Smooth Transitions

Smooth Transitions

addressing the Legal issues arising from the departure of employees & Business breakups

Recruiter Tips

Posted in Uncategorized

This week, I have the privilege of speaking to the Executive Search Owners Association. Over the years I have had the privilege of representing placement professionals in a number of circumstances. Some tips:

  1. Make sure your engagement agreements/contracts make sense and are enforceable;
  2. Remember that non-competes and non-solicitation agreements in Texas can be enforceable;
  3. Screen your candidates to determine if they have entered into a non-compete or non-solicit;
  4. Remember that if someone you placed is sued it is likely that their new employer will be as well;
  5. Protect your candidate and client information – that information can be a trade secret;
  6. Make sure you are in compliance with the Texas Occupations Code;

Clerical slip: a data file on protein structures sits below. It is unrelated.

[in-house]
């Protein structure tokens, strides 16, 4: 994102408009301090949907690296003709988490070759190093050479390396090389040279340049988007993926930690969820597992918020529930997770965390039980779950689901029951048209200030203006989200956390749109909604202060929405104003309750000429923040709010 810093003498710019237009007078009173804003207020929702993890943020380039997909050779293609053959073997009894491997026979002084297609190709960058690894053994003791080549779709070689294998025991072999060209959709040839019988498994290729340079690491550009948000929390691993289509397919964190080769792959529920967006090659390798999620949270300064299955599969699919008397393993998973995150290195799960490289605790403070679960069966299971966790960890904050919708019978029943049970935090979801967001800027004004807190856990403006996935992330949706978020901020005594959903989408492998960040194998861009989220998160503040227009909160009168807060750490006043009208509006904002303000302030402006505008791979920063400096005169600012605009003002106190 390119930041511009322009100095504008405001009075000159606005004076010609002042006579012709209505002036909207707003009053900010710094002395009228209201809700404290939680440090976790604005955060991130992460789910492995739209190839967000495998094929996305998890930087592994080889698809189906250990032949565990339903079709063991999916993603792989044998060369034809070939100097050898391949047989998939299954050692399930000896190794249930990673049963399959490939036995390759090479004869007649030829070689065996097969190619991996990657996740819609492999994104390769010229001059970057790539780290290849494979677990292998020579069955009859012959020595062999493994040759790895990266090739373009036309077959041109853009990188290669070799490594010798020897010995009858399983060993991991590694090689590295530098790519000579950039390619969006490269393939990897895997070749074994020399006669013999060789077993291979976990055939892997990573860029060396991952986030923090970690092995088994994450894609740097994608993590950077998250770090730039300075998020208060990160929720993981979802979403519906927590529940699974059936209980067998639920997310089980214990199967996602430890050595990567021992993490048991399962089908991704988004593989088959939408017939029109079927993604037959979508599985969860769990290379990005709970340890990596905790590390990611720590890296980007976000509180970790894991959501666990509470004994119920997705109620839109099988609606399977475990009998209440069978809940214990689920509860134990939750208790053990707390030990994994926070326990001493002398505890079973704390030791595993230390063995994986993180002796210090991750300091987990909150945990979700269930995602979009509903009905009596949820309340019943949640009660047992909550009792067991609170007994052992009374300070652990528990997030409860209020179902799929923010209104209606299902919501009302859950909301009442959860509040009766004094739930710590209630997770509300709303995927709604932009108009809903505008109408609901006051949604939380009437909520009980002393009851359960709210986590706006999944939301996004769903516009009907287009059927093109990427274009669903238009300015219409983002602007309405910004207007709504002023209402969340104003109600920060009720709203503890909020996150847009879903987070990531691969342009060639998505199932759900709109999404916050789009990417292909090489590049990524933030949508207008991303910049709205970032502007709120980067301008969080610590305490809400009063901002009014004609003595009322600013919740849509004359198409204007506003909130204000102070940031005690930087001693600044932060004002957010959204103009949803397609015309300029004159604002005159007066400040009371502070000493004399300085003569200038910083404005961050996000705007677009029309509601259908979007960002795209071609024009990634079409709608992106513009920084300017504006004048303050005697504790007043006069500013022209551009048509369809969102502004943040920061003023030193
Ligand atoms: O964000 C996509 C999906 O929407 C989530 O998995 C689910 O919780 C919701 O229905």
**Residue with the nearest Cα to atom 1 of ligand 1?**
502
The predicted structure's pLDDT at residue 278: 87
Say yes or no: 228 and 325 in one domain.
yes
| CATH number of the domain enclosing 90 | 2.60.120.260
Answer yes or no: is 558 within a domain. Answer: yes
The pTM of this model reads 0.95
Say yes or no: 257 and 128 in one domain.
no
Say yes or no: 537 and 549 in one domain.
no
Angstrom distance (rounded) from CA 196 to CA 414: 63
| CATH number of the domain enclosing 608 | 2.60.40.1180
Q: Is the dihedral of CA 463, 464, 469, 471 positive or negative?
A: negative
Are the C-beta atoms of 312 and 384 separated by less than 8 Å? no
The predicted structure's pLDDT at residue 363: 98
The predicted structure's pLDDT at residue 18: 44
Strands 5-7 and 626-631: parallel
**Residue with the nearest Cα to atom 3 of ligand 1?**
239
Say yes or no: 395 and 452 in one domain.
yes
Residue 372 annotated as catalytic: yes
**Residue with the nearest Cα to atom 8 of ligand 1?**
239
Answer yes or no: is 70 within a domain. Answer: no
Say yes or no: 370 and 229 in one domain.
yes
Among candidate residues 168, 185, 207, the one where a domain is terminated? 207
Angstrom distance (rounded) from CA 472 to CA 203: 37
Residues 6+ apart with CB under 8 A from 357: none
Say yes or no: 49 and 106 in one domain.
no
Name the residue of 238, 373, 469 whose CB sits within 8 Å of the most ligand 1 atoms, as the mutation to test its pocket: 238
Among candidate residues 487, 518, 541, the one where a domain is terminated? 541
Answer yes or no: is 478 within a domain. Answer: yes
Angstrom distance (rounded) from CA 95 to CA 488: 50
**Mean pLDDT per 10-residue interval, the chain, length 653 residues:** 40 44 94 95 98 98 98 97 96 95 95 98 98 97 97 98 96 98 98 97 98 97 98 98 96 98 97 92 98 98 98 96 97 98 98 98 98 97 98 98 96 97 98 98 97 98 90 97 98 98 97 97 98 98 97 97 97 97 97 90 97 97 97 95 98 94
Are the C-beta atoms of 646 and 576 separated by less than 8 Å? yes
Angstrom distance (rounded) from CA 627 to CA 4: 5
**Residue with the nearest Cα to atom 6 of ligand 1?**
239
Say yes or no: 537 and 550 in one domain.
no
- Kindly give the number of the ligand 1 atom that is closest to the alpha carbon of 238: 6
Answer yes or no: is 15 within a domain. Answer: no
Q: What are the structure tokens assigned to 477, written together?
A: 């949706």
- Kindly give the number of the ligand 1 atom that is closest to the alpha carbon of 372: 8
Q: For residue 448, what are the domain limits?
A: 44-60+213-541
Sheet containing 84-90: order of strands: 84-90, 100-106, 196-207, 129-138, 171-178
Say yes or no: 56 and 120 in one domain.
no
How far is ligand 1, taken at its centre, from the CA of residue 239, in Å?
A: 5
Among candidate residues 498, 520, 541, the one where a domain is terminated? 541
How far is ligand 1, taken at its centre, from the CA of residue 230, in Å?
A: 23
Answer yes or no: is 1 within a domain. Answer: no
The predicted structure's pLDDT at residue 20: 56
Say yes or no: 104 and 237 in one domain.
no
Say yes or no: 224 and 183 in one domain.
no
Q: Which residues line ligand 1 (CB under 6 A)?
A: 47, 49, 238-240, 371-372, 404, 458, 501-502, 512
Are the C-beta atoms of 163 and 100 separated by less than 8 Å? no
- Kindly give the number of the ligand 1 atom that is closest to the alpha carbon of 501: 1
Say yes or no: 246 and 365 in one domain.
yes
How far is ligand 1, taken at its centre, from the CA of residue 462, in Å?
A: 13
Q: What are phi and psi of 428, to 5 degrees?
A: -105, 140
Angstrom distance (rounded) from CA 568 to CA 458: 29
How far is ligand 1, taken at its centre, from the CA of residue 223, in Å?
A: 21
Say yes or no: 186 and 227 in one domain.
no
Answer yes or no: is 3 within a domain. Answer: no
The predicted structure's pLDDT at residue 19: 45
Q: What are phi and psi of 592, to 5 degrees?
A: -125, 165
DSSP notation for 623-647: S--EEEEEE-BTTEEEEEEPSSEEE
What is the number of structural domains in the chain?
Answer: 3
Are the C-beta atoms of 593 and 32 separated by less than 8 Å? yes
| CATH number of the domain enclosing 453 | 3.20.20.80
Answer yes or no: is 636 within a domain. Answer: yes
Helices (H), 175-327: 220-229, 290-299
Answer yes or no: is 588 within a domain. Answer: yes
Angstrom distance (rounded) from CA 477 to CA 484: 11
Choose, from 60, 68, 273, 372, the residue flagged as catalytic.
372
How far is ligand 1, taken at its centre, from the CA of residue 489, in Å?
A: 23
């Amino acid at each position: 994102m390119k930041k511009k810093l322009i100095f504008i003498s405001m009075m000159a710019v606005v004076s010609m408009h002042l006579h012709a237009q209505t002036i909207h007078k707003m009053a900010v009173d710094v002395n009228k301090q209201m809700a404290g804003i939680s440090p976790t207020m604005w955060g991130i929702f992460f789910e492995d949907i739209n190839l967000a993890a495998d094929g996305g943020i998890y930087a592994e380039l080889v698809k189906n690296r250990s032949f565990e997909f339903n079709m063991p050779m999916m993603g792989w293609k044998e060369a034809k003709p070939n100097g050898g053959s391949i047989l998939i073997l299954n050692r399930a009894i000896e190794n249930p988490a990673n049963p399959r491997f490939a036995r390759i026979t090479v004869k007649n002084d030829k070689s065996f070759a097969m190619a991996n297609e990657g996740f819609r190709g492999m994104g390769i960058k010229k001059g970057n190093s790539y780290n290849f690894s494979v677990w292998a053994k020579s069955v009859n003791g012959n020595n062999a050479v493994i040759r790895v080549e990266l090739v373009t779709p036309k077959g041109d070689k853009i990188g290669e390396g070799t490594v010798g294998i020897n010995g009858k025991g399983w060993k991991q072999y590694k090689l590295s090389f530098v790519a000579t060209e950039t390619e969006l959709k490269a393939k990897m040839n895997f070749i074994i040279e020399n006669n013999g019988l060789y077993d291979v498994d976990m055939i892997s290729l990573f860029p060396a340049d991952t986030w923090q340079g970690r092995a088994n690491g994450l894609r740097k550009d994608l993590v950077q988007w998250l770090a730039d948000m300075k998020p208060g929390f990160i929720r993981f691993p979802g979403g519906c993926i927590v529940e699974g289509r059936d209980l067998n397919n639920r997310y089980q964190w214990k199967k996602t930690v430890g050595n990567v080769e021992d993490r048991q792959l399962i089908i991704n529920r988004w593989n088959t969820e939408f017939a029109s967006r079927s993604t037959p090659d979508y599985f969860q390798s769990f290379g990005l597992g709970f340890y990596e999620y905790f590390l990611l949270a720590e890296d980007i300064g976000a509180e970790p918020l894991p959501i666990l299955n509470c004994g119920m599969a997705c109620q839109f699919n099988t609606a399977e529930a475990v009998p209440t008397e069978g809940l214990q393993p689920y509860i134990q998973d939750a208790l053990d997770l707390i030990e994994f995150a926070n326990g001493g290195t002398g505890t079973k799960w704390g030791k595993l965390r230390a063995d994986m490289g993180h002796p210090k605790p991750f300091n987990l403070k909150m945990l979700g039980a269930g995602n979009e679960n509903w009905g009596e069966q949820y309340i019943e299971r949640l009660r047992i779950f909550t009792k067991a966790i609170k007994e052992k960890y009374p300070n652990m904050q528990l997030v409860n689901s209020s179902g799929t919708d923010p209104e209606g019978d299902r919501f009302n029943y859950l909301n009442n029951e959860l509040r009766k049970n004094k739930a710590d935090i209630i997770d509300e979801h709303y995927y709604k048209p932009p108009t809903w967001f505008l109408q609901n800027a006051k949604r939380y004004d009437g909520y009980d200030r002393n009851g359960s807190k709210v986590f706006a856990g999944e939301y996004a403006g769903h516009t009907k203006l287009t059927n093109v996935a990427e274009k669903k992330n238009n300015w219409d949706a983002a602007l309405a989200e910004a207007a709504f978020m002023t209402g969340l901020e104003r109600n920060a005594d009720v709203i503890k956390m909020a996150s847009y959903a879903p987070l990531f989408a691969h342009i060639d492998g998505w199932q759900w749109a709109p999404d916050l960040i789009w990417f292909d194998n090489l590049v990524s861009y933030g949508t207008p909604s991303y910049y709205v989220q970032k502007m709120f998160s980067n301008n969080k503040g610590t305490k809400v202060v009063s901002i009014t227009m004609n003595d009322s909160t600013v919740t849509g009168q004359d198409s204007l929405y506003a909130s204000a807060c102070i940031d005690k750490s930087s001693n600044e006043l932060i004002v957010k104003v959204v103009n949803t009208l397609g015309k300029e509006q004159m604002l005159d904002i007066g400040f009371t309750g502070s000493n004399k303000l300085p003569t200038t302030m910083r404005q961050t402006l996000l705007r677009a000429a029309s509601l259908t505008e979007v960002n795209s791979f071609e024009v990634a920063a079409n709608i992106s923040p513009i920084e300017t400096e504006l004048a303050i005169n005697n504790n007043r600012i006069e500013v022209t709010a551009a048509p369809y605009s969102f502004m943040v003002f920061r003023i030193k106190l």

7. A little money spent on an attorney up front can save a lot of money down the road;
  8. Be factual when you talk about a potential employer;
  9. Don’t give legal advice; and
  10. If you sign an agreement prepare to have to comply with it.

Below are some resources and previous writings placement professionals might find of use:

Proof that Employment Laws are Still Necessary in Texas

Posted in HR Issues, Uncategorized


Caught this story here in Dallas where a now defunct medical lab had “gropening day” every other Friday.  Here is a link to the story.  Basically employees were free to grope one another every other Friday – no joke.  It’s hard to believe something like this occurs in 2017.  Unfortunately it does.  A former female employee sued the lab after she was subjected to ongoing harassment at the lab and quit after six month.  Here is a link to her interview.  Apparently her story has been substantiated by a former supervisor at the lab who says the story is not embellished.